Repetition is the answer. Even wailing Arab music if played over and over would capture at least a niche audience. Rap is the ultimate proof. Even something so odious and culturally alien as rap can win fans simply through heavy MTV promotion and Polish DJ copycatting. If played with similar repetitiveness, the Polonian polka would also win followers in today's Poland.
nunczka 8 | 458
12 Dec 2010  #26
LOL! You are wasting your time. they in Poland dont have any idea how we play polish American music. Besides you forgot Marion Lush, and Stas Balunda.

LOL! I tried to prepare you as to what reaction you might get. Poland today is not the country that your parents described. We polish American live in a time bubble. We remember only what we were taught as kids from our (IMMIGRANT PEASANT PARENTS).. i say this with pride, for I have no regret that they were poor.. Thats why the left Poland. Modern day Poles couldn't make a pimple on our parents arsses.

Todays Poland is contaminated with Brits. So take that for what it is worth.(SIC) . They ***** about Poles invading England, but they do the same thing.
delphiandomine 83 | 17,625
12 Dec 2010  #27
If played with simialar repetiveness, the Polonian polka would also win followers in today's Poland.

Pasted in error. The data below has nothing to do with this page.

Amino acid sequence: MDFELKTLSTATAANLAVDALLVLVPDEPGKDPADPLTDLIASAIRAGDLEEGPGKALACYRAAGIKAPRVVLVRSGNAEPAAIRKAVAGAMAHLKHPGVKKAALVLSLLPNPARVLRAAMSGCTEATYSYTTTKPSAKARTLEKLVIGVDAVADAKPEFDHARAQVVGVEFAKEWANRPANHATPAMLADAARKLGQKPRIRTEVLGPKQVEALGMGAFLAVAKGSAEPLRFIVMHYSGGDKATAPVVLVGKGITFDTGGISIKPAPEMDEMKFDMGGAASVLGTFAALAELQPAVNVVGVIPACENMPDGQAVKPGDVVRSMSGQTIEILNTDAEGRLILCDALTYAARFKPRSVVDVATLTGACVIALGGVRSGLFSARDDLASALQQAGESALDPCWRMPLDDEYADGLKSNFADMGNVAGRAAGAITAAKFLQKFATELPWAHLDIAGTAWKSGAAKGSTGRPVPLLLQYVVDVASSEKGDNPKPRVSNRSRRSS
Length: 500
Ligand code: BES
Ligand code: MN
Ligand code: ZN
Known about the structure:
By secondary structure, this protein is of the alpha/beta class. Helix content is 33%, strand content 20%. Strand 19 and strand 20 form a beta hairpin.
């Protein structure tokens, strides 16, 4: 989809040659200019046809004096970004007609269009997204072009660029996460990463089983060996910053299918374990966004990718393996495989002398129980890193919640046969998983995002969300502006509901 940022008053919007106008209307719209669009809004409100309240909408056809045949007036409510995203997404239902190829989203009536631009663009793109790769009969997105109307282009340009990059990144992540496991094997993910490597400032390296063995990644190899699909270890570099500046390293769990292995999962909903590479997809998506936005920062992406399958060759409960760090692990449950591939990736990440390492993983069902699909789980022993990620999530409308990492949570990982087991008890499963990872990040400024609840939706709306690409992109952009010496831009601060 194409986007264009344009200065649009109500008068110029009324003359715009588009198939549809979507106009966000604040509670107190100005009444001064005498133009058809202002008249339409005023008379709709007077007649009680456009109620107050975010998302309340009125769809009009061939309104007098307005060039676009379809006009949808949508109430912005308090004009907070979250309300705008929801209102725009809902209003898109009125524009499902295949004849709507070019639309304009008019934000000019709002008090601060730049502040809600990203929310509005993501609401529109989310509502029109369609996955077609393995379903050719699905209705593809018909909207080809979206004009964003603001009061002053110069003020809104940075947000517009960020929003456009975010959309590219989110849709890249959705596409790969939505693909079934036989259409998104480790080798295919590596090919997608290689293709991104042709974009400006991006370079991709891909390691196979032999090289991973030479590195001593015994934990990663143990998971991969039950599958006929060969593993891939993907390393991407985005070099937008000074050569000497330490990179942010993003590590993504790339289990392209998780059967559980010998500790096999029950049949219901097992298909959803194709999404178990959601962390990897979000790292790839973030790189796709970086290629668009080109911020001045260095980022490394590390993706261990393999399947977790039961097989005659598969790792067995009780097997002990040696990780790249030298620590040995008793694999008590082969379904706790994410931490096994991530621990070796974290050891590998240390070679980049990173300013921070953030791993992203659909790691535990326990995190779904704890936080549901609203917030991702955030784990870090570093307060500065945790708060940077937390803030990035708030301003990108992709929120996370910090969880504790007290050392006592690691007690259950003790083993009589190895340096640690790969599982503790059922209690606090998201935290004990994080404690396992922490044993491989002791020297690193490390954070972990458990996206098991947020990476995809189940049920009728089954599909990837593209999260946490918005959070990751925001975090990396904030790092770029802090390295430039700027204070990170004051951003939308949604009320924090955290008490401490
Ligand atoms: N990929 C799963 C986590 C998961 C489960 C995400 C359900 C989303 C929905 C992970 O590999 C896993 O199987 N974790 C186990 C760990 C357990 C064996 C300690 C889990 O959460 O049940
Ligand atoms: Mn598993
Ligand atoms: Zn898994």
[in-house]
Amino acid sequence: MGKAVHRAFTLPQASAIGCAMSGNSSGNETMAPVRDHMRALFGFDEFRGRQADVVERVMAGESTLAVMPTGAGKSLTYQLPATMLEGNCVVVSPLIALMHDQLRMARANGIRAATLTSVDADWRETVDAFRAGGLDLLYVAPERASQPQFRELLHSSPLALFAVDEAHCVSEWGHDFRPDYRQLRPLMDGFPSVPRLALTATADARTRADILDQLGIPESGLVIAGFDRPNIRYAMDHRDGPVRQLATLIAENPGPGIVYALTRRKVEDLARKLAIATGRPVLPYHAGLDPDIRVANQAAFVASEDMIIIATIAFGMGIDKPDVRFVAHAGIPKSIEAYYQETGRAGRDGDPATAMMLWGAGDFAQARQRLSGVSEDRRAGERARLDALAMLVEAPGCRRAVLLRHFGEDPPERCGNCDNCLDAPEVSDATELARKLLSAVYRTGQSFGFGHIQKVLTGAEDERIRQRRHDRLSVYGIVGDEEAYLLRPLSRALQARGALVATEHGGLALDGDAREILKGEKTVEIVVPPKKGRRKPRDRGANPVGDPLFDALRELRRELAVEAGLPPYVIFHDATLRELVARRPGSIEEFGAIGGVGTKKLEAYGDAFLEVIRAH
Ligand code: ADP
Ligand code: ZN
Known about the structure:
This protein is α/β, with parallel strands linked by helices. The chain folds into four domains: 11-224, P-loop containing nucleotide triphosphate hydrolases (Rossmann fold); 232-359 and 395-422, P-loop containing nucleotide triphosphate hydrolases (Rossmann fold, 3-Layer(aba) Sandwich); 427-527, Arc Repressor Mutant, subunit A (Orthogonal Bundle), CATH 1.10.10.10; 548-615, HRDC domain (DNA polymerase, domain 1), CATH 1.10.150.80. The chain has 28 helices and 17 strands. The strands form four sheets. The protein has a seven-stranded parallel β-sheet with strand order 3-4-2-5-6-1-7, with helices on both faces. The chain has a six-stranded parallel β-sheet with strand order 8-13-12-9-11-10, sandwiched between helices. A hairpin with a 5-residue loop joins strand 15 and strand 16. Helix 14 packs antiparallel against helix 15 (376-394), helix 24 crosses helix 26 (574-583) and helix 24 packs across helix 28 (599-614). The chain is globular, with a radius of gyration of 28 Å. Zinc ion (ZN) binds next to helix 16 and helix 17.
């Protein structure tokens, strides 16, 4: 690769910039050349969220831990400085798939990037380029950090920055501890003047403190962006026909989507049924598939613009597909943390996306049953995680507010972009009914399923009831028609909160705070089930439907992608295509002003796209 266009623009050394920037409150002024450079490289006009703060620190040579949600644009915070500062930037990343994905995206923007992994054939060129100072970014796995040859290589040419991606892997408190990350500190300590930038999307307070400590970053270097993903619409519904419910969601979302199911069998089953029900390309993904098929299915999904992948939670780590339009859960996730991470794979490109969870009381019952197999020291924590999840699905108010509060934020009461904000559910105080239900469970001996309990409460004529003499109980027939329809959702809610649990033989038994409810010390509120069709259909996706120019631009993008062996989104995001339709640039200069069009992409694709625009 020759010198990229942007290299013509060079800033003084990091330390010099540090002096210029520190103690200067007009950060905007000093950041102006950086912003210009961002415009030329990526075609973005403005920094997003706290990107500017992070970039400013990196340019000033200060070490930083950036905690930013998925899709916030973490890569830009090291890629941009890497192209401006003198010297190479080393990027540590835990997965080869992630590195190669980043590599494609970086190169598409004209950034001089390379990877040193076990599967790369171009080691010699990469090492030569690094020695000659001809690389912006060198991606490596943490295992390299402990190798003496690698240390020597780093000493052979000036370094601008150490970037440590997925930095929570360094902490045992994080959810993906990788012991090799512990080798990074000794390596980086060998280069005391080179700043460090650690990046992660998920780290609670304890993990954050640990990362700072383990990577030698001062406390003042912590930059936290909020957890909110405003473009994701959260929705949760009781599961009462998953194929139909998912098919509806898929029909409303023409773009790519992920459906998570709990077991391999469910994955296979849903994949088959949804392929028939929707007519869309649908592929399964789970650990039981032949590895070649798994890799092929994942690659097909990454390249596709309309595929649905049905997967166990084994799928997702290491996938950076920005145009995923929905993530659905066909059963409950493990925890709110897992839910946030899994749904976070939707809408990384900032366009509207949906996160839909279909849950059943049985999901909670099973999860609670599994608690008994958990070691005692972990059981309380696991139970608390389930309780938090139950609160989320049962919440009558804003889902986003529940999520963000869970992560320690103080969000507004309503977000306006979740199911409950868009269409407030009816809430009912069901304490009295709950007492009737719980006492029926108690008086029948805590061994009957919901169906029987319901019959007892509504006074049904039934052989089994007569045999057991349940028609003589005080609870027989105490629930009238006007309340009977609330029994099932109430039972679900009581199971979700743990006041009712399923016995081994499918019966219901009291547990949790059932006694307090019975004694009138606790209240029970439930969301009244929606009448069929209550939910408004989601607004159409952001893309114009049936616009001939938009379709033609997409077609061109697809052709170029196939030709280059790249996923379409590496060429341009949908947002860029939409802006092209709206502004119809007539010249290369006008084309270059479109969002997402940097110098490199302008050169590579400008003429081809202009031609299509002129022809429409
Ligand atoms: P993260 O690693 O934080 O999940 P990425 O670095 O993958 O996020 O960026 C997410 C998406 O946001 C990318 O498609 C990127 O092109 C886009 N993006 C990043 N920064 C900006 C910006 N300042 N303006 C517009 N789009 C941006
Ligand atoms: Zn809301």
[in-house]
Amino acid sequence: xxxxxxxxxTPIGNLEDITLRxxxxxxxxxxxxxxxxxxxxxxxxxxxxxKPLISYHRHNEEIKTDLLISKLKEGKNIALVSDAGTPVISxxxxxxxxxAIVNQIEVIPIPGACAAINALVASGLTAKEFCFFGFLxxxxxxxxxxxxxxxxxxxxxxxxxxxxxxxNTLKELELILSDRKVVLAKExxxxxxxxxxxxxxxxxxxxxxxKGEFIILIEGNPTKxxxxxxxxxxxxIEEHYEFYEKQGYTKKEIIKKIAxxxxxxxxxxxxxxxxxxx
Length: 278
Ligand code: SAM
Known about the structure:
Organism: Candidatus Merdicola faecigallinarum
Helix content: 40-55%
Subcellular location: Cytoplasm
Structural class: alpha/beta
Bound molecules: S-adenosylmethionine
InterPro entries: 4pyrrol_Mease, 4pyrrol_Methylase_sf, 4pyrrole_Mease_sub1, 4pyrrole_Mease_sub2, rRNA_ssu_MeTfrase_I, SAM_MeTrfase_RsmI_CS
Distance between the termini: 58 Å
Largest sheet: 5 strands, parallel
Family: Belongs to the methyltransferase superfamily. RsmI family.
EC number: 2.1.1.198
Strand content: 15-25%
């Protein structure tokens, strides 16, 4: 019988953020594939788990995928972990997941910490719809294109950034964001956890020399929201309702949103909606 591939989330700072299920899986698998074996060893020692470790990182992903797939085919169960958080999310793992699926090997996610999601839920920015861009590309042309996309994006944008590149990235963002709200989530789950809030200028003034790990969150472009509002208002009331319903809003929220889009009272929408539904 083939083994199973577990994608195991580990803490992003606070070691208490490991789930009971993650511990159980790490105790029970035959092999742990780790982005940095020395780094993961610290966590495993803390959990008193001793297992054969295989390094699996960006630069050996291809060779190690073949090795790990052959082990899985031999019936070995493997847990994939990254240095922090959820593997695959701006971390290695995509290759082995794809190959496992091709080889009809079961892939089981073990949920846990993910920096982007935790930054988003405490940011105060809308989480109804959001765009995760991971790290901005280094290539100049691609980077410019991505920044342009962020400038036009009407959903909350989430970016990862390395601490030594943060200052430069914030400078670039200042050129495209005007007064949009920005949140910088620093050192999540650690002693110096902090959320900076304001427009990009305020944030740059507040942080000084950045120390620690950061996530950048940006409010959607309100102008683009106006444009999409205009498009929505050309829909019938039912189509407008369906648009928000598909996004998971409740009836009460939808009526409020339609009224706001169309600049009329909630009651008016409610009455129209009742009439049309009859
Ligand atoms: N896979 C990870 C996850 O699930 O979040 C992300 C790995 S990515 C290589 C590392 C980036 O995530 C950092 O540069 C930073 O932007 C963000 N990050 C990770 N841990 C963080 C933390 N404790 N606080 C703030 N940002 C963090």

Sure. But no-one wants to play it.

Todays Poland is contiminated with Brits.

What, 800 or so according to the statistics?
Polonius3 1,000 | 12,448
12 Dec 2010  #28
Nor is Poland a run-down, rat-infested Afro-American slum where the drug dealer is the coveted role model and most kids don't know who their father was. And yet, Afro-American-rooted rap crap not only has a following but even native copy-catters in Poland. All of which shows what reptition can do.
convex 20 | 3,978
12 Dec 2010  #29
If you're going to try to forcefully indoctrinate people, why not do it with the folk groups that already exist in Poland. Lots of talented groups, wouldn't have tom import foreign music. I like Polish folk music a lot, I dislike polka past the novelty of a couple of songs. It just turns in ker-thunk music...hey, like ska!
OP polishmusicfan 1 | 13
12 Dec 2010  #30
Wow, someone feels I'm trying to "forcefully indoctrinate people".
Where does that come from?

We enjoy this style of music in America and because it is sung in the Polish language (and not because it is any way native to Poland) I wanted to know what folks in Poland thought about it, especially if they hadn't heard one in a very long time or not at all.

I've got my answer.
Thanks to all who replied.